When I was in grade ten, we were given the choice of reading either Far from the Madding crowd, Great Expectations, or Jane Eyre as an English novel. At the time, I went with Hardy, with the intention of reading the others at a later date. Well, recently, over twenty-five years later, I finally realized that objective, completing the last page of Charlotte Brontë’s Jane Eyre with a much contented sigh. Having survived lately on a diet of much lighter, easy-read-for-adult type books, by such authors as Janet Evanovich and Sophie Kinsella, (which are great!), I devoured Brontë with the same passion I did in my early twenties when novels of the Hardy and Austen ilk made up the bulk of my reading. Jane Eyre was like a trip down memory lane, a return to the days when reading actually fed the brain and ‘big’ words were absorbed into the vocabulary. Where else could a secret food stash be referred to as a privately purloined dainty, or physiognomy be an every day, run-of-the-mill expression? I love reading period fiction: it sweeps you off your feet and ensconces you temporarily in a world gone by; a world where societal norms and values seem far removed from those of today.
One thing, however, that the centuries have failed to alter is the rudimentary pursuit of love between a man and a woman. Another steadfast theme would be that true happiness can be found in the most unlikely of situations, crossing class boundaries and defying peer conventions and expectations. Jane Eyre is such a novel. With its heroine, a young, inexperienced girl of eighteen and its hero, significantly older and far more experienced, two seemingly incompatible characters from two different milieus, are drawn together through the chance encounter of employee and employer. Class structure aside, the two run into numerous obstacles along the way, rendering a unity difficult and frustratingly implausible. This is a common and engaging theme of romantic novels, but the protagonists of Jane Eyre further endear themselves to the reader through their very plainness. Unlike Mills and Boon, and Harlequin romances where the girl is drop-dead gorgeous, and the guy is of the Adonis bloodline, Jane and Edward are portrayed as very drab indeed. Small of stature, with no remarkable features, Jane is actually strides ahead of Edward, who is often referred to even as ugly.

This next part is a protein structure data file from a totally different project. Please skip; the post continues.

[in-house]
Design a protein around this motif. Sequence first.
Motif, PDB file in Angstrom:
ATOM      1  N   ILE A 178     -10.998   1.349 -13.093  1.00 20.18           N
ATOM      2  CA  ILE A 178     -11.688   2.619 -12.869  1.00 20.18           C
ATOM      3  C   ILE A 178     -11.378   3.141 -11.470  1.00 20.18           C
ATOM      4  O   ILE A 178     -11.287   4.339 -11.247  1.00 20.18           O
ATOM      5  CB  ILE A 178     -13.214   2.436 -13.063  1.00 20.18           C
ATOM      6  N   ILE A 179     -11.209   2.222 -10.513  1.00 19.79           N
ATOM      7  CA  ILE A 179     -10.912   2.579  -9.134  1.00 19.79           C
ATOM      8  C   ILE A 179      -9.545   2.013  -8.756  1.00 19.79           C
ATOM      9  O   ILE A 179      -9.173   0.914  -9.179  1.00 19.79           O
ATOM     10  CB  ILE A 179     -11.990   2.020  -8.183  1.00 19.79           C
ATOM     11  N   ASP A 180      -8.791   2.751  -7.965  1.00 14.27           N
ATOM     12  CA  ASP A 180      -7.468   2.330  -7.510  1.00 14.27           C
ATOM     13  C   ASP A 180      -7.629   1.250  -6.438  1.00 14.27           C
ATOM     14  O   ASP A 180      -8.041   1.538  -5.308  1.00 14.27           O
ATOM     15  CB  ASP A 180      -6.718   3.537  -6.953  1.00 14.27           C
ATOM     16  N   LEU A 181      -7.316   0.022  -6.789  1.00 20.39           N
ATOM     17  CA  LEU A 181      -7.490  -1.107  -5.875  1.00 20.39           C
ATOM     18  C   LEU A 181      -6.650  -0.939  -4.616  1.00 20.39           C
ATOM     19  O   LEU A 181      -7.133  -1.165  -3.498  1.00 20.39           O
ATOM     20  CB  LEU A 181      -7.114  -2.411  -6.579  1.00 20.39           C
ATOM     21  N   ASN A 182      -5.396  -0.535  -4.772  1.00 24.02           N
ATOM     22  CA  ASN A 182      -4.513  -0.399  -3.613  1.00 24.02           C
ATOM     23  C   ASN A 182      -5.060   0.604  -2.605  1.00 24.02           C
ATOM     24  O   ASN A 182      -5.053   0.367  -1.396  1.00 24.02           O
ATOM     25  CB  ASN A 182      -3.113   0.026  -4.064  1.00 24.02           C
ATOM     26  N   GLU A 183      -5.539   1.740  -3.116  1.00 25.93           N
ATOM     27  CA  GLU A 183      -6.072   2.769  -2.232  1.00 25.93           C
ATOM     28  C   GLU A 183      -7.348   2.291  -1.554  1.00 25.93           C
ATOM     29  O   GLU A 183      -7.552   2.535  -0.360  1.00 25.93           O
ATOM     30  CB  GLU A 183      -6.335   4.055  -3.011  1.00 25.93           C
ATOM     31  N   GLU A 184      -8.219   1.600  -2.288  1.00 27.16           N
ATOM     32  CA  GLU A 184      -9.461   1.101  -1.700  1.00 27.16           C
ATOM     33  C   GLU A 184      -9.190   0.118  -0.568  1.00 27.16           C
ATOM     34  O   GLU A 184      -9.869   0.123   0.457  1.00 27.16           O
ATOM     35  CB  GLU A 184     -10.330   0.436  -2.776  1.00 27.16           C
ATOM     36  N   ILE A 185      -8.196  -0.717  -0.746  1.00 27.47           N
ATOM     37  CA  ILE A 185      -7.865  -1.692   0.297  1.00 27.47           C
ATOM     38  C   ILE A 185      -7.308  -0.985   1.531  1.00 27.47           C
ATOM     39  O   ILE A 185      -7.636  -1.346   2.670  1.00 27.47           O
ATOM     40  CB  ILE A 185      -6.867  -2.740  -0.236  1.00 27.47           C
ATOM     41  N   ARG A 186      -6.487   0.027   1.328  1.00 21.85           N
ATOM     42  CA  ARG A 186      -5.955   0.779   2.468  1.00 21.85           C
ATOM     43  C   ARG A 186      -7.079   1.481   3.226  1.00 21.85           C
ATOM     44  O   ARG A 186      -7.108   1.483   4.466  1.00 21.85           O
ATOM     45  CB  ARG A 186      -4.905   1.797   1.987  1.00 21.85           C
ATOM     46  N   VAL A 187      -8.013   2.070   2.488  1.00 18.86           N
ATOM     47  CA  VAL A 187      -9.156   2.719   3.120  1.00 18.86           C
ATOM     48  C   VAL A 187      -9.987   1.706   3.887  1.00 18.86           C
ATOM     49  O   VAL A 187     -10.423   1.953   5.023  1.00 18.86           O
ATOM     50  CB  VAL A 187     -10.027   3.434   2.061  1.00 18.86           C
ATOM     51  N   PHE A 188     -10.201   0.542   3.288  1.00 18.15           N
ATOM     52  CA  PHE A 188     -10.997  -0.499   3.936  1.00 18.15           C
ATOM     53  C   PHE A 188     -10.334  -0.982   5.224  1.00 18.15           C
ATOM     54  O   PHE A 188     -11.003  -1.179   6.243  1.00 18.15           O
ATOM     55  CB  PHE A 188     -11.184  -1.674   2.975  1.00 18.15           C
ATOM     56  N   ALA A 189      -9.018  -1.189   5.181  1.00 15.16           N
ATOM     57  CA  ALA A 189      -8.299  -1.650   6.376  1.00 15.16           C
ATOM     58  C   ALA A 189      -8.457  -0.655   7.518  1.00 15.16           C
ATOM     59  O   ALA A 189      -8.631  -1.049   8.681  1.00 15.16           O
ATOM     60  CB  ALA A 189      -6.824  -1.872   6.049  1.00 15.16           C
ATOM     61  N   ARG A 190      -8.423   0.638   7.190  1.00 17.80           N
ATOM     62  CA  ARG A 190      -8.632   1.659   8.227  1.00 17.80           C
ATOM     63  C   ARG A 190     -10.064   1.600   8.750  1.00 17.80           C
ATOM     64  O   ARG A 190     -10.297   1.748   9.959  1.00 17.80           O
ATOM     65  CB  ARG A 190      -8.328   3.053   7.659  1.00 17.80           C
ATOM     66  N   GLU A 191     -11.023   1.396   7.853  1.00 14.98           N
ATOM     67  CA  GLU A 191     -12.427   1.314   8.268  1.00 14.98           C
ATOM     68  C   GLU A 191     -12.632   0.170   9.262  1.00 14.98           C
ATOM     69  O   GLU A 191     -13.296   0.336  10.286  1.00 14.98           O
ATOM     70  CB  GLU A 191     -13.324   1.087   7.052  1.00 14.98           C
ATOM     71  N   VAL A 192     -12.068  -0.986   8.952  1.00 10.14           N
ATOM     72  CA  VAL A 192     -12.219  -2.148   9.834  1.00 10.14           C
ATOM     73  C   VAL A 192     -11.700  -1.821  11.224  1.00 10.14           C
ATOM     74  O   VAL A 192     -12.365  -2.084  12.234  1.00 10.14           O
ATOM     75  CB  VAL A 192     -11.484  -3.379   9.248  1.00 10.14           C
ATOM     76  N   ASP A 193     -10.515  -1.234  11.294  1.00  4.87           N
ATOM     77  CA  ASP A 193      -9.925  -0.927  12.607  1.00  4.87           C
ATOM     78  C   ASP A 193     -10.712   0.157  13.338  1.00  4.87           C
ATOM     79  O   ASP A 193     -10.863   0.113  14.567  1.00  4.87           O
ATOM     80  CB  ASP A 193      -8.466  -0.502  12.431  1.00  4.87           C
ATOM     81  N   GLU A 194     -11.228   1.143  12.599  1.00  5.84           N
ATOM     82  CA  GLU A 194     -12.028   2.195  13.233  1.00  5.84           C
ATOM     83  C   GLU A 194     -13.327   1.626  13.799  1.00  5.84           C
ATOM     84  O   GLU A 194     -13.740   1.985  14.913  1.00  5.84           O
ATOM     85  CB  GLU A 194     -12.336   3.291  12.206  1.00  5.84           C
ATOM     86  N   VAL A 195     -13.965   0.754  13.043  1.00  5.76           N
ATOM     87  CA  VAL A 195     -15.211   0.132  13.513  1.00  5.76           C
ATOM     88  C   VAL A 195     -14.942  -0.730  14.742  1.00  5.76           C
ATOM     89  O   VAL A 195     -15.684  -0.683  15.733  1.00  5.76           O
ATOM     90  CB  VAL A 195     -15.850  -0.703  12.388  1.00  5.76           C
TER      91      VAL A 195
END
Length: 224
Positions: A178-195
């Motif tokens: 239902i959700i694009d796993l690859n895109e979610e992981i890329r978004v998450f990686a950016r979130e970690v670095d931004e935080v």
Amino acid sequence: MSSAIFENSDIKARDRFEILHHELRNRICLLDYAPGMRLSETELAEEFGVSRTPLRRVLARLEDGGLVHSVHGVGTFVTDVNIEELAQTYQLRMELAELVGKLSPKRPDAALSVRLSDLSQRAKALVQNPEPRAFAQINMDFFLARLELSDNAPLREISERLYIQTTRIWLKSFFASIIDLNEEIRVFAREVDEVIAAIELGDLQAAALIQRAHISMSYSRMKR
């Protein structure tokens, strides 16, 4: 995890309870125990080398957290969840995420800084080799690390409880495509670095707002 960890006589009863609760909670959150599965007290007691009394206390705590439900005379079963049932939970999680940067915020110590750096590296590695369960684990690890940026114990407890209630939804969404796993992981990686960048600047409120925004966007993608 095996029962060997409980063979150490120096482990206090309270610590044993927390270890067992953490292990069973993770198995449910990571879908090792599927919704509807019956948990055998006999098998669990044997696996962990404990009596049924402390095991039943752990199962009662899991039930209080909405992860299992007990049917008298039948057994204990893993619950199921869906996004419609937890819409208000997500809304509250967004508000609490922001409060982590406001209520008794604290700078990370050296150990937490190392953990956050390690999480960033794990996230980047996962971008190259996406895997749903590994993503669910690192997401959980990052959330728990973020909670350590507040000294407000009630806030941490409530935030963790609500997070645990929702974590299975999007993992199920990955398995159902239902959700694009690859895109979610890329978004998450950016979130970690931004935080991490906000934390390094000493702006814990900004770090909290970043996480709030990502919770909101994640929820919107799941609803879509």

The reader, then, can appreciate Jane and Edward as very real people whose circumstances have placed them in ostensibly insurmountable predicaments. Jane is charmingly stoic. She resolves to overcome a difficult childhood at the hands of a witless aunt and bullying cousins, not through revenge, but through independence, self-sufficiency and education. Edward’s situation is far less easy to remedy, but to reveal it here would be to spoil the story. Jane Eyre, then, is a novel to immerse yourself in: once you start reading it, it is difficult to put down. Brontë’s writing style is refreshing, beautifully descriptive and powerfully removing. Her characters are authentic and personable. I enjoyed it immensely. Next stop, Great Expectations!